Replacing brake pads on hydraulic brakes for an electric bike is a task that requires some mechanical skill and attention to detail. Here’s a general guide on how to do it:

  1. Gather Necessary Tools: You’ll typically need a set of Allen wrenches, a brake pad spacer tool (some brakes require this to reset the pistons), a flathead screwdriver, and possibly some brake fluid (if your brakes require bleeding).
  2. Safety First: Ensure your bike is stable and won’t tip over during the process. If needed, place it on a bike stand or secure it in another stable manner.
  3. Remove the Wheel: Depending on the design of your bike, you may need to remove the wheel to access the brake caliper. Typically, this involves releasing the quick-release lever or loosening the axle nuts.
  4. Remove the Old Brake Pads: Loosen the retaining bolt or pin that holds the brake pads in place. This is usually done with an Allen wrench. Once loosened, slide out the old brake pads. Pay attention to how they are oriented and how any retaining hardware is arranged; you’ll need to replicate this when installing the new pads.
  5. Reset the Pistons (if necessary): Some hydraulic brakes have pistons that need to be pushed back into the caliper to make room for the new, thicker brake pads. Use a brake pad spacer tool or a flathead screwdriver to carefully push the pistons back into the caliper. Be cautious not to damage the pistons or the brake fluid seals.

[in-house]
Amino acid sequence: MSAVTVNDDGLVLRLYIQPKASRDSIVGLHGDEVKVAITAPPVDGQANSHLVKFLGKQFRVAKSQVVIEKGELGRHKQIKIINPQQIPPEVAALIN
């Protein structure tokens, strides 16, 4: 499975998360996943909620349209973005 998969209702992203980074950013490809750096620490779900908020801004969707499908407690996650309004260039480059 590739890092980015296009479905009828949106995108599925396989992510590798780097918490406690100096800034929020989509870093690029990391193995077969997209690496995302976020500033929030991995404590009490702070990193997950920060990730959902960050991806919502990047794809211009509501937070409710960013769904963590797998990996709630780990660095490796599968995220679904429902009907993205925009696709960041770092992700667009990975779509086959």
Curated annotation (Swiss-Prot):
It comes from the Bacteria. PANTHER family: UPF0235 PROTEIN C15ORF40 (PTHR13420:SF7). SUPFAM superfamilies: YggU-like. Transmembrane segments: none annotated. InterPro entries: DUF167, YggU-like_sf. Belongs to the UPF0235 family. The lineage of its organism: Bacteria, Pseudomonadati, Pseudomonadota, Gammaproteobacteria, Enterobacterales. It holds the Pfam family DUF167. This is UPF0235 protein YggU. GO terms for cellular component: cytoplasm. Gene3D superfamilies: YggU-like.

6. Install the New Brake Pads: Slide the new brake pads into place, ensuring they are oriented correctly. Tighten the retaining bolt or pin to secure them in place. Double-check that the pads are aligned properly with the rotor and that there is no interference.
  7. Reinstall the Wheel: If you removed the wheel, put it back on the bike and secure it properly.
  8. Test the Brakes: Before riding, pump the brake lever a few times to ensure that the pistons reset correctly and that the pads make proper contact with the rotor. If necessary, adjust the position of the caliper or the brake lever reach to ensure optimal braking performance.
  9. Bed-in the Brakes (if necessary): Some brake pad manufacturers recommend bedding in the new pads to optimize their performance. This typically involves a series of controlled stops from moderate speeds to generate heat and transfer a layer of friction material onto the rotor.
  10. Check for Leaks and Functionality: After bedding in the brakes, inspect the brake caliper and connections for any signs of leakage. Test the brakes again to ensure they are functioning correctly.

If you’re unsure about any step or don’t feel comfortable performing the brake pad replacement yourself, contact a Fatdaddy store to do this for you. Incorrectly installed brake pads can compromise your safety while riding. We’ve also made a handy video where we show how to replace the brake pads below

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